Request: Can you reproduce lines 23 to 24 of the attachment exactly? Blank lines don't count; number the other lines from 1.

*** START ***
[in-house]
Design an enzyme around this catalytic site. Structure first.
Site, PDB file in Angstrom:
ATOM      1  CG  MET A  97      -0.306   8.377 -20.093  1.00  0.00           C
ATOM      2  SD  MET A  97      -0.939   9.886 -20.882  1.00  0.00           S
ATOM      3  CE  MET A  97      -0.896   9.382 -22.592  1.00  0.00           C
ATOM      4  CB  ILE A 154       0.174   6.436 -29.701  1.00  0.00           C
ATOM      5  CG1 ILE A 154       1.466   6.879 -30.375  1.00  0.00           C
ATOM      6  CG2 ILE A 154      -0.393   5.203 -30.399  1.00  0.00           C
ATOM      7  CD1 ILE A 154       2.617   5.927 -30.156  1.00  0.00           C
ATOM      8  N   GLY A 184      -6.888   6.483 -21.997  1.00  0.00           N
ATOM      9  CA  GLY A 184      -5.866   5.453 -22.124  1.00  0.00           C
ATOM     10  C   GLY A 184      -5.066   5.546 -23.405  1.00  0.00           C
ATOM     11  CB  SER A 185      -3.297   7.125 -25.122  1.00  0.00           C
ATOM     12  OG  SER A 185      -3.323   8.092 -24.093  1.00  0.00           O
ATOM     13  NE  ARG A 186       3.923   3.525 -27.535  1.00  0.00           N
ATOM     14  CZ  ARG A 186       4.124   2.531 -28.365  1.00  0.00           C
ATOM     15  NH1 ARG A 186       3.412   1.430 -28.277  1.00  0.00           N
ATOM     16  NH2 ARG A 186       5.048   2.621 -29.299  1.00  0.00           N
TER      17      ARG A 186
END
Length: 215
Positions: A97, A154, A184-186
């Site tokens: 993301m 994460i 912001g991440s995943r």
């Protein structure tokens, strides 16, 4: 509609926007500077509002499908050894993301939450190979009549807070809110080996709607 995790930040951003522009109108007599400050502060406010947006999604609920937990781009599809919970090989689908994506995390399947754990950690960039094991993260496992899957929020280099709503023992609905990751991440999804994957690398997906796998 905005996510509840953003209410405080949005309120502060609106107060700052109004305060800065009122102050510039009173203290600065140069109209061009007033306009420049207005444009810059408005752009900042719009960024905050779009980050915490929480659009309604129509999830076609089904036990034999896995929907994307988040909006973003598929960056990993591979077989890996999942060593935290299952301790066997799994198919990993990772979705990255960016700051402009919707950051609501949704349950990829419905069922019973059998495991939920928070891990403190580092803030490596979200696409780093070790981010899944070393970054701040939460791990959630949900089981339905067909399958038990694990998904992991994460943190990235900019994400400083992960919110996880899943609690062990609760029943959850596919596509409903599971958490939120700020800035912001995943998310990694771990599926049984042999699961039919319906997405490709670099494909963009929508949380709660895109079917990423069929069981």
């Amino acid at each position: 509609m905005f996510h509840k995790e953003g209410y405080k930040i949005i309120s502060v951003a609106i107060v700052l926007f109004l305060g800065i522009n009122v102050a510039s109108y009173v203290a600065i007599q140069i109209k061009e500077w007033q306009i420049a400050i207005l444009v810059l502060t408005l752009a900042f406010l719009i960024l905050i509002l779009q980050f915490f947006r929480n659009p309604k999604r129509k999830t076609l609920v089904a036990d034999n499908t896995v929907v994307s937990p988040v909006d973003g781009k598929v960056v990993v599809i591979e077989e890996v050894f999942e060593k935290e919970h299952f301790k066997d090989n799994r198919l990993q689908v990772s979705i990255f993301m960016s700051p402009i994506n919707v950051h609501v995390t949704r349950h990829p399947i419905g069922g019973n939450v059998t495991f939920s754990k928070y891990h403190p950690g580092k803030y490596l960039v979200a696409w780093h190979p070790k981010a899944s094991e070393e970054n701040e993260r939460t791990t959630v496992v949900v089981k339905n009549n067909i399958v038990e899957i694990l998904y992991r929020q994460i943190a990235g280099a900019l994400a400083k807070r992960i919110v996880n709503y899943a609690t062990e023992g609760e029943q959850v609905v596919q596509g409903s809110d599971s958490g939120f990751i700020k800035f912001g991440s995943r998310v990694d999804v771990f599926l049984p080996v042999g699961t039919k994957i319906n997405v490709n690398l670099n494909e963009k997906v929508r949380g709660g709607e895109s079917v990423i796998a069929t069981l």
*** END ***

Positions: A97, A154, A184-186
């Site tokens: 993301m 994460i 912001g991440s995943r």